Defeating ISIS militarily would "probably mean more ground troops — which is something the West isn't particularly excited about, and given their experience in Iraq, I completely understand why," Victor Asal, co-director of the Project on Violent Conflict at the State University of New York at Albany, told Mic.
Asal said a campaign to truly destroy ISIS would require wresting control of ISIS-held territory, capturing the major cities under its control, while targeting its infrastructure and sources of funding. Territorial losses wouldn't eliminate the group, but it would deliver a considerable blow to its reputation and capacities.
"I'd say a realistic definition of 'military victory' against ISIS would be when the group no longer controls Mosul [the biggest ISIS-controlled city in Iraq] and Raqqa [ISIS' capital, in Syria]," Patrick Skinner, director of special projects at the Soufan Group and a former CIA case officer, told Mic. "That would demolish the claim of a 'caliphate' and be an actual military success. Removing the group from Iraq and Syria will likely be impossible, but forcing them to crumble from a pseudo-state back down to a traditional terrorist group would be a serious accomplishment."
It's not just Iraq and Syria: Even if the international community was successful in vanquishing ISIS in Syria and Iraq, the group would remain active in what it claims as its foreign provinces. Kilcullen believes at least 11 ISIS-linked groups now exist across Africa, the Middle East and Central Asia, including Libya, Nigeria, Afghanistan and Tunisia. These provinces are, in a sense, colonies of ISIS' main state, and members perceive themselves as politically and legally connected to the caliphate proper. But they have distinct local roots — for example, the lethal Nigerian terrorist group Boko Haram now considers itself part of ISIS.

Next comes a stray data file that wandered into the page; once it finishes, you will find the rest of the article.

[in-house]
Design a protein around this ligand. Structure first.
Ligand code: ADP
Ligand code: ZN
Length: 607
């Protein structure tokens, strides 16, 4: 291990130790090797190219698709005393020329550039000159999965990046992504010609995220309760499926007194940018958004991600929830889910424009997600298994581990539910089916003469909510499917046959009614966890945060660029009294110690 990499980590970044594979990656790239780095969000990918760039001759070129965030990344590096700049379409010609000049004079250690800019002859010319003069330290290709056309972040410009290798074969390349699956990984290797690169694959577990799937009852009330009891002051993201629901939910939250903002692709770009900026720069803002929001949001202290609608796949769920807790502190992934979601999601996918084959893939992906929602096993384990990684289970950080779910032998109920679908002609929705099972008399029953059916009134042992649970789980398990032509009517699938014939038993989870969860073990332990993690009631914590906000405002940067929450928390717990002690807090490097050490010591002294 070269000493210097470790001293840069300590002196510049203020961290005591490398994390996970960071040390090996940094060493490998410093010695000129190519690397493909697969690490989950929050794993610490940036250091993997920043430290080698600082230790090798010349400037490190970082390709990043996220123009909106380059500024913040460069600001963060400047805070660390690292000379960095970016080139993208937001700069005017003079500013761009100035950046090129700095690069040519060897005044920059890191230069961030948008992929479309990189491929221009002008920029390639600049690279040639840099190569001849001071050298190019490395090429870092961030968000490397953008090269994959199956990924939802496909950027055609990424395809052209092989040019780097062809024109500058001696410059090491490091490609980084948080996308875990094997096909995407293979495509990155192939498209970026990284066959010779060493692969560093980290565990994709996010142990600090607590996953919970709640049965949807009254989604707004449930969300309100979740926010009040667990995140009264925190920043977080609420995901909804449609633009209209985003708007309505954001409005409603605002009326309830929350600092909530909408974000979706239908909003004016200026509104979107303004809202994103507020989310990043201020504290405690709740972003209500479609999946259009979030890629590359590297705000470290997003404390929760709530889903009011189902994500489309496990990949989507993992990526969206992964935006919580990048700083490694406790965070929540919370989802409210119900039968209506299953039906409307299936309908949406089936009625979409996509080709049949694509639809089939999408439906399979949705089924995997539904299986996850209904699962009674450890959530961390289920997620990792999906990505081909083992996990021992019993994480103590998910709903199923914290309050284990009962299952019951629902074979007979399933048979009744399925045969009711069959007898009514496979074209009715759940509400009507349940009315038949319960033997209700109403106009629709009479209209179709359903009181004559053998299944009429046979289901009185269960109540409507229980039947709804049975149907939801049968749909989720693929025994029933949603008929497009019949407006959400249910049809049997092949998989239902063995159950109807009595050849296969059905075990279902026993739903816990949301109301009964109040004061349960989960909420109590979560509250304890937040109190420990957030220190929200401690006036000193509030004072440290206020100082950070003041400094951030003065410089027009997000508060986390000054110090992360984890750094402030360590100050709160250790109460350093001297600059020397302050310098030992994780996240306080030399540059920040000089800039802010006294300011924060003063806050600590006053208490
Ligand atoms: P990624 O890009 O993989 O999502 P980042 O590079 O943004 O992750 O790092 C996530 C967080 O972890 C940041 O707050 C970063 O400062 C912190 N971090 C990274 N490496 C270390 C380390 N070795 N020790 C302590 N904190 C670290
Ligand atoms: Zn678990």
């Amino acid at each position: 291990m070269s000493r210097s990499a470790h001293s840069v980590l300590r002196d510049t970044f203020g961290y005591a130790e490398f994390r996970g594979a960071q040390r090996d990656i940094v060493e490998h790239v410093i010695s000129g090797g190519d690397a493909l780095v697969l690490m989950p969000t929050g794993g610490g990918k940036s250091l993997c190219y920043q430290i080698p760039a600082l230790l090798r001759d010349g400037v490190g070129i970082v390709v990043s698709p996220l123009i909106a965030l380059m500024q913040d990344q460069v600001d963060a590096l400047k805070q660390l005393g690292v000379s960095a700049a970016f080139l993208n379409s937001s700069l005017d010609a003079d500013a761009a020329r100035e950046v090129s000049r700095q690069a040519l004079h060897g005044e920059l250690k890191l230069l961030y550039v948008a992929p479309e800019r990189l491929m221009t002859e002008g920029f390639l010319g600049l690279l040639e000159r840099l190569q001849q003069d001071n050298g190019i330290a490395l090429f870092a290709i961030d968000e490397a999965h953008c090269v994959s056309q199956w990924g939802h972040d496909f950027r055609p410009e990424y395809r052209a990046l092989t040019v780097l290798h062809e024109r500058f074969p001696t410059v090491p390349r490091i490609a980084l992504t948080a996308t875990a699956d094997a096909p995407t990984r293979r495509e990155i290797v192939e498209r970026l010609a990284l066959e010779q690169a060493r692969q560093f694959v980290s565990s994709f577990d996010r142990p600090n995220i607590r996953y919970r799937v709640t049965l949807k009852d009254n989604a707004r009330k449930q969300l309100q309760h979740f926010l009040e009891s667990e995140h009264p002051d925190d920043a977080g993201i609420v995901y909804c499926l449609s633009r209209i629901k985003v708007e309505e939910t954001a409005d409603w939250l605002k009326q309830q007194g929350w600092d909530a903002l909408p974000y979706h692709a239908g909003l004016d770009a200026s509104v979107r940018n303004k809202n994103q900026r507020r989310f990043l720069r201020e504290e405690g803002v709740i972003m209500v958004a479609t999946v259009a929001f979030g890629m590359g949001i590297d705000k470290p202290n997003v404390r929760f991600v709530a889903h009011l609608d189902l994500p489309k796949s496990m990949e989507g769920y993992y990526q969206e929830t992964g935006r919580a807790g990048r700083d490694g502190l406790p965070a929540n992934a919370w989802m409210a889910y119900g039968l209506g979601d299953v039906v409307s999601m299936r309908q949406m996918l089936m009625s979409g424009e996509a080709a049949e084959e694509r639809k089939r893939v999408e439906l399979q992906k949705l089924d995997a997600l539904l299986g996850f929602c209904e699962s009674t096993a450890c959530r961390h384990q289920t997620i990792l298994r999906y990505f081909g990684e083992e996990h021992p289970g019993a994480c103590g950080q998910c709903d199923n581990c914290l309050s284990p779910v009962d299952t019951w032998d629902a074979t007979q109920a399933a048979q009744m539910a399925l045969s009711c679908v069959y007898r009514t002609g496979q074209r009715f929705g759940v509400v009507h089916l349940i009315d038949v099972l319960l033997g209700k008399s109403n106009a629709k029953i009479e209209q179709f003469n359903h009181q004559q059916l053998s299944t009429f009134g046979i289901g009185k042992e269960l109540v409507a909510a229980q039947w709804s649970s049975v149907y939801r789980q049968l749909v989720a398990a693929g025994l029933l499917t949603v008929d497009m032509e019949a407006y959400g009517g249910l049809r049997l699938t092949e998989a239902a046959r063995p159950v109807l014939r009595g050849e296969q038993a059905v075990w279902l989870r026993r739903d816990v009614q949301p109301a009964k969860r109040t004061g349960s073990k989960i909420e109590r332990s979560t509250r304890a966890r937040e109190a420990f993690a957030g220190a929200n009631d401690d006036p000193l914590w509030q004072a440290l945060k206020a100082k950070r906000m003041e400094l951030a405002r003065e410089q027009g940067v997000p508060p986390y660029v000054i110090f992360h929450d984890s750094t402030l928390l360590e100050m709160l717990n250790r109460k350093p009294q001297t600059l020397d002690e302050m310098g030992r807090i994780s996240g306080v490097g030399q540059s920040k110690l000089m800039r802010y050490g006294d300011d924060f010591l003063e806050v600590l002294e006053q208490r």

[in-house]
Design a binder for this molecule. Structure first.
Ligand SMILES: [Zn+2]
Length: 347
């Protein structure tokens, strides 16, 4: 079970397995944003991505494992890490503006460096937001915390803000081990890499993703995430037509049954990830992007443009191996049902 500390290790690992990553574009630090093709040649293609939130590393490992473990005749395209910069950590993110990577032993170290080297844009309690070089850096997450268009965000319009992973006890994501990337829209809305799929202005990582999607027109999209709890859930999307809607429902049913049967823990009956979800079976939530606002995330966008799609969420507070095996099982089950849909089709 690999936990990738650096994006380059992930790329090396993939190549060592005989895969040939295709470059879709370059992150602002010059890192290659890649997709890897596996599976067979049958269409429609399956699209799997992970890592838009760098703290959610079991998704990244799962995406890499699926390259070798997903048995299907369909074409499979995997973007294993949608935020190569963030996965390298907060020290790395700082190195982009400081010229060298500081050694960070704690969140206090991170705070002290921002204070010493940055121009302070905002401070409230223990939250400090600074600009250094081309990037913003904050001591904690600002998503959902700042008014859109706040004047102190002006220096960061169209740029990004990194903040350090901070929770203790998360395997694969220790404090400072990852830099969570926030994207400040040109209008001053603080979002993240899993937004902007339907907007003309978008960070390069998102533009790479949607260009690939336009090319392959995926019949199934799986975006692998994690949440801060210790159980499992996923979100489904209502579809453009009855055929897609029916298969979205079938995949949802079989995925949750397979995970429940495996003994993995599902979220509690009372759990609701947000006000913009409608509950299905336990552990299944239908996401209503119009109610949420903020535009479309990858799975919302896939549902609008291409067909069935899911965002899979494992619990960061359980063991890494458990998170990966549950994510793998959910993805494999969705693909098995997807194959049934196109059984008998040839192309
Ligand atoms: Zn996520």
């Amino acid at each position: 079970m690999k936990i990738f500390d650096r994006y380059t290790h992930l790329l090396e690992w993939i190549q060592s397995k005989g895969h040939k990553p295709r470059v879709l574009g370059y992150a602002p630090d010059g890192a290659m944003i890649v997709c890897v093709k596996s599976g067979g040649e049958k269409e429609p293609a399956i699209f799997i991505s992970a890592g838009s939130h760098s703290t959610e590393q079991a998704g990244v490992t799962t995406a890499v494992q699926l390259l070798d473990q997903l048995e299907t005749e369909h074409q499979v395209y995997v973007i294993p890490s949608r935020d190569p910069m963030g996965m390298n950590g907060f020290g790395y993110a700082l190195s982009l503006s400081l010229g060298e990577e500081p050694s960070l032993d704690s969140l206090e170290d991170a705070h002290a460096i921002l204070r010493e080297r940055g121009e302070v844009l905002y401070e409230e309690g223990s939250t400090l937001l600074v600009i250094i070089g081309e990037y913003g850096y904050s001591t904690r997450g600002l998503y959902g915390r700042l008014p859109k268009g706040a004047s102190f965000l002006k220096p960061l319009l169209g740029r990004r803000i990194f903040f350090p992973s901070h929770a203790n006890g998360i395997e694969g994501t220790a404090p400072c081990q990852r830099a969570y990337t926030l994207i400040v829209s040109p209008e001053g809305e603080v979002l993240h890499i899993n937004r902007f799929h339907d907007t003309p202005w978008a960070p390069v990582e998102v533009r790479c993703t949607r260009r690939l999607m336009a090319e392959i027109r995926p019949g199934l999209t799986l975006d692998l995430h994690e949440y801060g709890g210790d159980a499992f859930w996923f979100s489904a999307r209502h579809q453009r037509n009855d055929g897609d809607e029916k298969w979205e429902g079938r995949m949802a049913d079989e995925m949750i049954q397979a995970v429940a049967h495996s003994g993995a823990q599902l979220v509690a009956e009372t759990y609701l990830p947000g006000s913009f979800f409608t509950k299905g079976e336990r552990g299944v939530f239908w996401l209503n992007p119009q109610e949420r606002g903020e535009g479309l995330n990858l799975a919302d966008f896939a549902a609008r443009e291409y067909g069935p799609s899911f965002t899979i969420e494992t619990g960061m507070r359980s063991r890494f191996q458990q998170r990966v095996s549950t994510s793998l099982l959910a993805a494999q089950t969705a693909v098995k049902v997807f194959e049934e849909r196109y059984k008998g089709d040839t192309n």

Defeating these external chapters of ISIS would require massive international cooperation and investment. The U.S. and its allies would have to aid local counterterrorism operations in several countries in — most of which are highly dysfunctional or corrupt.
"The government can't prevent these attacks. The government can't keep you safe. These attacks are going to happen."
Beyond dealing with ISIS provinces, defeating the group would also require grappling with what Kilcullen characterizes as "the cloud of individual supporters and sympathizers who are doing self-generated attacks," who compromise a kind of ISIS Internationale. In some ways, managing the emerging threat presented by these self-organized groups, which can pop up spontaneously anywhere in the West, could be the trickiest element of the whole effort against ISIS.
When it comes to attacking targets in the West, ISIS is incredibly versatile. The decentralized group is adept at producing propaganda, often delivered through social media, designed to empower sympathizers to carry out attacks on their own accord, without establishing a deep relationship with ISIS in Syria and Iraq. ISIS provides the tools and the training, and leaves the rest to the attackers.